The Big 3 of College Admissions, Part 2 of 3
Here in the second of our three-part series on the most important components of the college admissions formula, let’s address the factor that seems to generate the most frustration and anxiety – the college admissions exams. That’s right, we’re talking about the SAT and ACT. Along with high school grades (which you can read about here if you missed part 1), test scores are often a primary factor in the admissions formula and can be an early indicator of whether or not a student will be competitive for a particular college or university.
Like many of you, I personally believe test scores are not the most effective measure of a student’s ability and, therefore, should not be so important in the admissions process; but unfortunately they simply are. Because high schools around the nation vary so widely in their grading practices, course options, and rigor of curriculum, it is virtually impossible to compare students from different schools with any amount of equity – meaning an A average at one school may be very different from an A average at another school. The best, or maybe the easiest, solution for the colleges is for all those students to take the same exams so they can be compared equally. Until someone creates a better system, the ACT and SAT are the tools for the job, and every aspiring college student will have to suffer through them.
Not many years ago, most states or regions of the nation had a favorite exam. The SAT was widely used on the East and West Coasts and Texas, while the ACT was favored across the remainder of the US. Within the past decade, however, that trend has changed so that every college or university in the US will accept either exam. This is great news for students because they can find the test on which they perform best and use only those scores for admission. Students can begin taking the exams at any age or grade level and retest up to 12 times, as long as the scores are submitted before the respective application deadlines during senior year.
We recommend that most students take at least 1 ACT and 1 SAT by the winter of junior year, although many families will begin much earlier if their child is motivated to try. After we compare the scores of those first two exams, we can often identify which test is a better fit and develop a plan for test preparation and retesting, with the goal of completing all tests by the summer before senior year. This gives us an accurate picture of which colleges are an appropriate fit for the student, and it relieves a significant burden if testing is completed before the applications start in the fall.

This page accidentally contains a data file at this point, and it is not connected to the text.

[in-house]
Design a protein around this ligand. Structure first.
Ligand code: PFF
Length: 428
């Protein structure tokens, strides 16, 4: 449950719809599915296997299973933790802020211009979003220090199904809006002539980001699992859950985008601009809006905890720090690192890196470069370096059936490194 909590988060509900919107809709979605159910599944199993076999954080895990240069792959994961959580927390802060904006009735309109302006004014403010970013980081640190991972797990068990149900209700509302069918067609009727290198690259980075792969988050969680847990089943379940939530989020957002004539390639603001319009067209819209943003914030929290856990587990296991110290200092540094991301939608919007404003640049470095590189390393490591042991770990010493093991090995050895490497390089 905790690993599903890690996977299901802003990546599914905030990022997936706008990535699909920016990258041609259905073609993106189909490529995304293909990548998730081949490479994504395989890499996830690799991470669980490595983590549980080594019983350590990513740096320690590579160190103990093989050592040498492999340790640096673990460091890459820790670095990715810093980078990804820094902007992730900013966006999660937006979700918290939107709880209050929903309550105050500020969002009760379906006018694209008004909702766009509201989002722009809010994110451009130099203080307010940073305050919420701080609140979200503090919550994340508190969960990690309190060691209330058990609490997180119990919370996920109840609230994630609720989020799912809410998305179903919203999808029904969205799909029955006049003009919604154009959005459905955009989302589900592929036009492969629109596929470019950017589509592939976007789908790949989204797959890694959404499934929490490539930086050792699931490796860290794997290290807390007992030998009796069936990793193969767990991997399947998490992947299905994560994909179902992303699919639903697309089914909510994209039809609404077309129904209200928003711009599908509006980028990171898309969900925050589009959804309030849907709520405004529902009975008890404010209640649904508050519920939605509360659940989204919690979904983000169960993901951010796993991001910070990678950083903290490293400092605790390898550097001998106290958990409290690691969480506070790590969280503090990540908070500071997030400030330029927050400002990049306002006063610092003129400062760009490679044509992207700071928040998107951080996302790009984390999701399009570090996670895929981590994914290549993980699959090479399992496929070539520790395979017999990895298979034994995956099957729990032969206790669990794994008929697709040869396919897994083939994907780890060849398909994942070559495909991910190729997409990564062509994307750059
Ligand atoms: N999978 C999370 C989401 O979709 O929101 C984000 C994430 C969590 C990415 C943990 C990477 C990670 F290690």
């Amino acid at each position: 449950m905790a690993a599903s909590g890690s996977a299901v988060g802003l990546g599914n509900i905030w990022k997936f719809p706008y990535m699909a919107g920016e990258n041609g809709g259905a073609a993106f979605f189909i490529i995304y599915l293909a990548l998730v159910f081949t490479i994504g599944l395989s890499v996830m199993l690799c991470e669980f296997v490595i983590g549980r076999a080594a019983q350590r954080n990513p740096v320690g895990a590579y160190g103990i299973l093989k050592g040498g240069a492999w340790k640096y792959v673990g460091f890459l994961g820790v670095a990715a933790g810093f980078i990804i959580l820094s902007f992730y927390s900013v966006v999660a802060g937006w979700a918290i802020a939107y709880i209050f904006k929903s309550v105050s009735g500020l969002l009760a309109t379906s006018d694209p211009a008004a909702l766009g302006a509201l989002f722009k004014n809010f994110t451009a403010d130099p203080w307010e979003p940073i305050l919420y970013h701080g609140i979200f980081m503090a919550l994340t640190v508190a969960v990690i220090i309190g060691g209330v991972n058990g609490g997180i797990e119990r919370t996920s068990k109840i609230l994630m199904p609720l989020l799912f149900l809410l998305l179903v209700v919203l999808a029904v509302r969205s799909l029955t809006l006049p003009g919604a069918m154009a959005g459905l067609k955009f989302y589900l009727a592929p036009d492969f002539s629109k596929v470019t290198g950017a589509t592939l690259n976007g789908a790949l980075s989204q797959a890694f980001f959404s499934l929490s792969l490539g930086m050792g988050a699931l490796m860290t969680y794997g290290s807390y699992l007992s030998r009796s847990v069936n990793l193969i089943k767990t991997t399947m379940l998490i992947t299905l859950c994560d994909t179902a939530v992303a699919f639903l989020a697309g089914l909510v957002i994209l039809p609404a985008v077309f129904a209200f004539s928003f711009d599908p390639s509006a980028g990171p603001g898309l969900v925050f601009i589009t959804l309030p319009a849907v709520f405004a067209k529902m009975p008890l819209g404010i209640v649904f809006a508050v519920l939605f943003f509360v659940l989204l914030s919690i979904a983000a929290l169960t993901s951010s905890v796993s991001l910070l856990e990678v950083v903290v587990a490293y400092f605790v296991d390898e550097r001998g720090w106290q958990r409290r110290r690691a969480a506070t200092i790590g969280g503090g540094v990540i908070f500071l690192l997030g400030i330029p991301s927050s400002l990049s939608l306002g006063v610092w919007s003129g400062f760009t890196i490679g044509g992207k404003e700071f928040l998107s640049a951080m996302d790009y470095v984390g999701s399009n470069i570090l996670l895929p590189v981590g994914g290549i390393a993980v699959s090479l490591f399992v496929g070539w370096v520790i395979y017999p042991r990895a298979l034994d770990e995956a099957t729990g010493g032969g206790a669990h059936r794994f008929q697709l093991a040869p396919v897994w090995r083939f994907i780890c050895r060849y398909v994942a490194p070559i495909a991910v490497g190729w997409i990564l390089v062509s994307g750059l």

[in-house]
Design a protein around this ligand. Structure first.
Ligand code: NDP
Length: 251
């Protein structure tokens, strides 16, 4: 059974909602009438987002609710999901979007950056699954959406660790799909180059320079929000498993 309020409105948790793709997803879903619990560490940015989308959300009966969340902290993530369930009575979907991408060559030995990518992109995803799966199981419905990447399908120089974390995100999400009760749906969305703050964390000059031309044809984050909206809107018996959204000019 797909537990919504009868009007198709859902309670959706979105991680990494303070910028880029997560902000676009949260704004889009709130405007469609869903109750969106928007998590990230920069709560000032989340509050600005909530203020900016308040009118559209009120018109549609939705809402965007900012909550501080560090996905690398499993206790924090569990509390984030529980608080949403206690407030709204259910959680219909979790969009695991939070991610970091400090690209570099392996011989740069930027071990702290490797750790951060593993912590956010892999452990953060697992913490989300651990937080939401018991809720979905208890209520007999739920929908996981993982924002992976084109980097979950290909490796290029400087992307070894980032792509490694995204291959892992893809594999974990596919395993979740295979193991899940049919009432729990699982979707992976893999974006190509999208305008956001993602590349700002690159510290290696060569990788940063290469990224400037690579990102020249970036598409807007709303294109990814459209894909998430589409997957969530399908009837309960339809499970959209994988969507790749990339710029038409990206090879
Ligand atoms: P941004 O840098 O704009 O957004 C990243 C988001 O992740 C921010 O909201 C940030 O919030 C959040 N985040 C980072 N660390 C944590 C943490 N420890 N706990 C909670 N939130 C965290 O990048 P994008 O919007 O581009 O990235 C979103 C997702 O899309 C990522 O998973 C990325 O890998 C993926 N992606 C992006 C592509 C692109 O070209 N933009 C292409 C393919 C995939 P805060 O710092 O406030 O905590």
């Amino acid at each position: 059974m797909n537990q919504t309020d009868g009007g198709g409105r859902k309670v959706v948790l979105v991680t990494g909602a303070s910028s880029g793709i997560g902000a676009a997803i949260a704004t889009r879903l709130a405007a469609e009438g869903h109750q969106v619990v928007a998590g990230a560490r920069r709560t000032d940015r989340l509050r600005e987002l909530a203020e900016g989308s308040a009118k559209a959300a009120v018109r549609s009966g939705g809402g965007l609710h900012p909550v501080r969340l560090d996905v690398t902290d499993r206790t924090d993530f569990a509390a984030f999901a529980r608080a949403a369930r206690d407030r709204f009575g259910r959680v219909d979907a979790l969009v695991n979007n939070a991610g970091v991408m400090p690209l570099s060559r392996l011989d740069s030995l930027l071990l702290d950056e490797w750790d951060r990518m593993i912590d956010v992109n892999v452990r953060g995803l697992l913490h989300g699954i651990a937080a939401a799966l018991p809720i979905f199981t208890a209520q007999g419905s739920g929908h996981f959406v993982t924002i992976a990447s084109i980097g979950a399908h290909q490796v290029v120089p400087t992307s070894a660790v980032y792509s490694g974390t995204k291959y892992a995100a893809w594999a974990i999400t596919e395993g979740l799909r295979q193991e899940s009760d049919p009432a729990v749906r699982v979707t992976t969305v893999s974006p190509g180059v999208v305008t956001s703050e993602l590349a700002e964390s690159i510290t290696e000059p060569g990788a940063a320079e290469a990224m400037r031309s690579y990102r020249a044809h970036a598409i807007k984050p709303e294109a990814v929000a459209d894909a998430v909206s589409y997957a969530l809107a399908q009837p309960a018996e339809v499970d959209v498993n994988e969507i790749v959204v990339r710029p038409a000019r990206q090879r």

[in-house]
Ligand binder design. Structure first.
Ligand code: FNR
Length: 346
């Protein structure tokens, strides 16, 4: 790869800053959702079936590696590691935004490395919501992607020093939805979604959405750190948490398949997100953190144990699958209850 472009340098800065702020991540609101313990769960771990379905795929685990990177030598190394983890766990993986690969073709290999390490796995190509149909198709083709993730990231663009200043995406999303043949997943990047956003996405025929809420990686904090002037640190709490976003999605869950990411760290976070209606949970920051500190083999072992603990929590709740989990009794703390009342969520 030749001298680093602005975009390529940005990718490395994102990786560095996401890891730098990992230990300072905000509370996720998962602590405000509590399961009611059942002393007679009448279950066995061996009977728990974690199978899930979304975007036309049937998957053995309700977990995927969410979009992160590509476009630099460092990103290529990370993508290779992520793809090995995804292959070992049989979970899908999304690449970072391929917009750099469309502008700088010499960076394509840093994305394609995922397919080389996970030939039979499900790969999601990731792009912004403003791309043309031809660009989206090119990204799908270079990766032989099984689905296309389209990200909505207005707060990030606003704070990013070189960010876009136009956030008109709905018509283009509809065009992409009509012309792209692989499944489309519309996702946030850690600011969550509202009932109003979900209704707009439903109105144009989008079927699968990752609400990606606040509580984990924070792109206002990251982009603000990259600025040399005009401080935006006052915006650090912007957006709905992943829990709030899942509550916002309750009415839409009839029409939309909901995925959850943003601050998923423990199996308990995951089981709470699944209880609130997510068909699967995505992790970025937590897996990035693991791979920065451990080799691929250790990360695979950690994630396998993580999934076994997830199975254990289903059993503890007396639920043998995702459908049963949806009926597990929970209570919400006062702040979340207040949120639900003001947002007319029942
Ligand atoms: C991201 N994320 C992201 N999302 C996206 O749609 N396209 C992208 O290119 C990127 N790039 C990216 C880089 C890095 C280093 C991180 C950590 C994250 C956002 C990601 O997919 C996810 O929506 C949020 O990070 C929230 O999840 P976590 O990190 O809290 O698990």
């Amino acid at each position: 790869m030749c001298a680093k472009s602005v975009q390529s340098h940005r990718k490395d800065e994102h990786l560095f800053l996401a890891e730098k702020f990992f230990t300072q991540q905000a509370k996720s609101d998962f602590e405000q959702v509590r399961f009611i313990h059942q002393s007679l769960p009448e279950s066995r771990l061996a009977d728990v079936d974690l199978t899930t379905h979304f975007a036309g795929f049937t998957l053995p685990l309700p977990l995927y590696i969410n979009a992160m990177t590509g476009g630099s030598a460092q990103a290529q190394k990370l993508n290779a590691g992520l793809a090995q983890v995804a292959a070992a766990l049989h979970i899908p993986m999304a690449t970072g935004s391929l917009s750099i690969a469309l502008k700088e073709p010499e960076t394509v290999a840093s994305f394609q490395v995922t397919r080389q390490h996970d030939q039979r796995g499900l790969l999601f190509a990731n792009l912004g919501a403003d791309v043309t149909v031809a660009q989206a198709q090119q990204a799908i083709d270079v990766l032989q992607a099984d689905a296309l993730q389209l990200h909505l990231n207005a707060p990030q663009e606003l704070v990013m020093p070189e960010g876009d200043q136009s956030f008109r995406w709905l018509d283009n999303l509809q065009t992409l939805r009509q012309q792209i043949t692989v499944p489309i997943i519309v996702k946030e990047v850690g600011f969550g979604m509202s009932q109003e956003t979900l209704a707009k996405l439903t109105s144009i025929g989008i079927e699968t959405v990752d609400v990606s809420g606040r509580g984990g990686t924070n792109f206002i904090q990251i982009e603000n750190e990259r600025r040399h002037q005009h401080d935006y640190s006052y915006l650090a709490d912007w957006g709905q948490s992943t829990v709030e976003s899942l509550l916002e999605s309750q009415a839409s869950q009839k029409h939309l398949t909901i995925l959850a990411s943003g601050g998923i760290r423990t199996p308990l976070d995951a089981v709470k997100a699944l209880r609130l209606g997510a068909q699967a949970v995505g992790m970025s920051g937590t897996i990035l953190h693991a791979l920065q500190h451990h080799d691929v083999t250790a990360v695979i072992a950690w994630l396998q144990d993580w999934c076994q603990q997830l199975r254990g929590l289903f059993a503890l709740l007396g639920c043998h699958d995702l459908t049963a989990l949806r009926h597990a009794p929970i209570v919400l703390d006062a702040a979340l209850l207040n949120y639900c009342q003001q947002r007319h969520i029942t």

One of the most difficult questions to answer about test scores is, “Are my scores good enough?” It is difficult because the answer really depends on which college or university a student is pursuing and whether we mean good enough to get admitted or good enough to get scholarships. All GCS high school students have access to Naviance Family Connection, which is an excellent tool for researching colleges across the US and learning about their average test scores for incoming freshmen. Besides that, I recommend using individual college websites along with www.bigfuture.org or another college research site to determine what scores are necessary for any particular school. We have also noticed an increase in recent years of colleges that have chosen to be “test optional,” meaning ACT and SAT scores are not required for admission. Try an online search for test optional schools if you are concerned about low scores.
Test preparation is a topic that would require a separate, lengthy article, so please contact the guidance office if you would like to discuss it. We will describe the resources and strategies available at school, and we can share a list of test preparation courses and providers that other GCS families have used. The options are plentiful, with a wide range of costs, time commitments, and delivery methods to accommodate the needs of each student. The good news here is that all students can improve their scores with coaching and practice, so it usually pays off, either in more admission offers or increased scholarship offers, to invest the time needed to raise those scores.
If you’d like to learn more about the content, format, and scheduling of the exams, as well as access free practice questions and sample tests, visit the following sites:
As you can see, scores on the college admissions exams are clearly some of the most influential factors in an admission decision, but at the same time, they only measure a small portion of a student’s ability. It really takes the combination of test scores and grades to complete the picture of a student’s academic potential, which is why colleges need to see both. Of course, success in college involves so much more than academic ability, which is why the other most important component of the application has nothing to do with academics. We’ll unpack that in part 3.
For your family and God’s glory,
Director of College Guidance
Grace Community School